Tips on Social Media Settings for Lent


by Lauro A. Caliva

The Lenten practices are like purple curtains that you use to cover yourself from almost anything that may distract you from focusing on Christ. You attended the Ash Wednesday Mass and the Sunday Masses, and you did not eat meat on Fridays. You made sure that you went to Confession before attending any Mass throughout the season. You made extra effort to calm down, find brief moments of reflection, and regulated your reactions and emotions about other people. Almost everything is in place and you wanted to make sure that the only light you see is the light from God. When almost everything seems perfect, you noticed a small light somewhere. Look at it closely. Is it your phone?

Yes, it is your phone. Nowadays, almost everything you see outside your house can be seen on your newsfeed. It may show you videos that may bring noisiness to your day. It may show you images that lead you to commit sinful thoughts. It may show you posts and messages that trigger the negative emotions that you are trying to suppress. Now you know why Pope Francis told the people to put down the phones and to pick up the Bible.

It is definitely hard for you to follow the pope’s piece of advice. It is especially true for all because social media has been cemented in our consciousness and daily routines. It is almost as normal as breathing and drinking water. The total seasonal break from mobile devices is the best piece of advice that the successor of Saint Peter can give to the Church. The message, in reality, is not a tall order and there are still other ways to keep your phone in your routine during the season of Lent.

For Facebook, you must unfollow all your contacts that post entries regarding capitalism, negativity, and other things that are inappropriate for Lent. You also need to unfollow pages that produce the same materials. In this way, you still keep them as your online friends without letting them know that you do not want to see their content. Only keep pages and contacts that post materials about reflection, the Catholic faith, and Lent-related posts. In this way, your emotions are not triggered and your senses are distant from social media pollution.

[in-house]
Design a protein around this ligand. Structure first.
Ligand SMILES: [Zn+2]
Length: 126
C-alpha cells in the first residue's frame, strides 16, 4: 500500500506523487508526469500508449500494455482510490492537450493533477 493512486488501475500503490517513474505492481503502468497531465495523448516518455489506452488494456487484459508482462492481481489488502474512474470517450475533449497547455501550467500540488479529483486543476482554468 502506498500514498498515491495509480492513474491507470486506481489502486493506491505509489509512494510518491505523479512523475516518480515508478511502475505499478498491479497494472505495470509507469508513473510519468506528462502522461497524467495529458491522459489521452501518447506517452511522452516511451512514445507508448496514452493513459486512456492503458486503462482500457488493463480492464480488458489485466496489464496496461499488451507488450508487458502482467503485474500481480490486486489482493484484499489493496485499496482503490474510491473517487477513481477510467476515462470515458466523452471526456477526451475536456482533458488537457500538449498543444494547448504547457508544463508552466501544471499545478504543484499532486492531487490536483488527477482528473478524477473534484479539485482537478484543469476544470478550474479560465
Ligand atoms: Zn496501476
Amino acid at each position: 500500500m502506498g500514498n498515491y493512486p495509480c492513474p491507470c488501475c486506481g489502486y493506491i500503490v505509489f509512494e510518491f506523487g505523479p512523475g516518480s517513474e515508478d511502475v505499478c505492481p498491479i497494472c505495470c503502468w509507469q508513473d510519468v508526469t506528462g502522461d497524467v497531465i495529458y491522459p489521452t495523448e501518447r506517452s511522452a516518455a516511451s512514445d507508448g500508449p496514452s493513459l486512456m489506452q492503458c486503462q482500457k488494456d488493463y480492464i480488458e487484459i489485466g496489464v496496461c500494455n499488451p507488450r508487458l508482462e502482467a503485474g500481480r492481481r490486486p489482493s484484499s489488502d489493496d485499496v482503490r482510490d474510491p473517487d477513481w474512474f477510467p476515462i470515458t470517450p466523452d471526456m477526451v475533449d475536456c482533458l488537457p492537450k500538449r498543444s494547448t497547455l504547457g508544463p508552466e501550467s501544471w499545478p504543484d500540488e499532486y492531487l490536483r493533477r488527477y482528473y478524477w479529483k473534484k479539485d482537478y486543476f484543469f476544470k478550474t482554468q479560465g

For Twitter, refrain from checking the list of trending topics. Temporarily unfollow contacts and pages that flood worldly tweets on the platform. Refrain from sending any message to other people. It will make your Twitter newsfeed less toxic and less stressful.

For Instagram, my suggestion is temporary detachment until Easter Sunday. Though you may unfollow people temporarily and you can temporarily ignore the portion for trending posts, inappropriate posts may still slip through the newsfeed as advertisements.

For Google accounts, delete your search history and browsing history. Only search videos and articles related to Lent. The strategy will help you remain focused on the reason for the season. It will also save you and your Instagram account from inappropriate advertisements.

Aside from the four social media platforms discussed, there are other popular platforms that may be sanitized for Lent either by lessening the time spent in checking each platform or by exclusively searching religious resources to keep bad ads out of your online experience. I only chose to discuss only the four platforms because it is where most people likely spend their social media time.

If you follow all the tips included in this article, you can still have a meaningful Lent with your phone still at your hands. If you are having a hard time following the pieces of advice and social media accounts still cause you to commit sin, the last best option is to take Pope Francis’ Lenten message seriously. After all, people in the past were able to journey through Lent for many years even without the mobile devices of generations Y and Z.


About the Author: Lauro A. Caliva is a former volunteer writer in the National Shrine of Our Lady of Lourdes, Quezon City. He worked and studied in Metro Manila. Read this to learn more about him: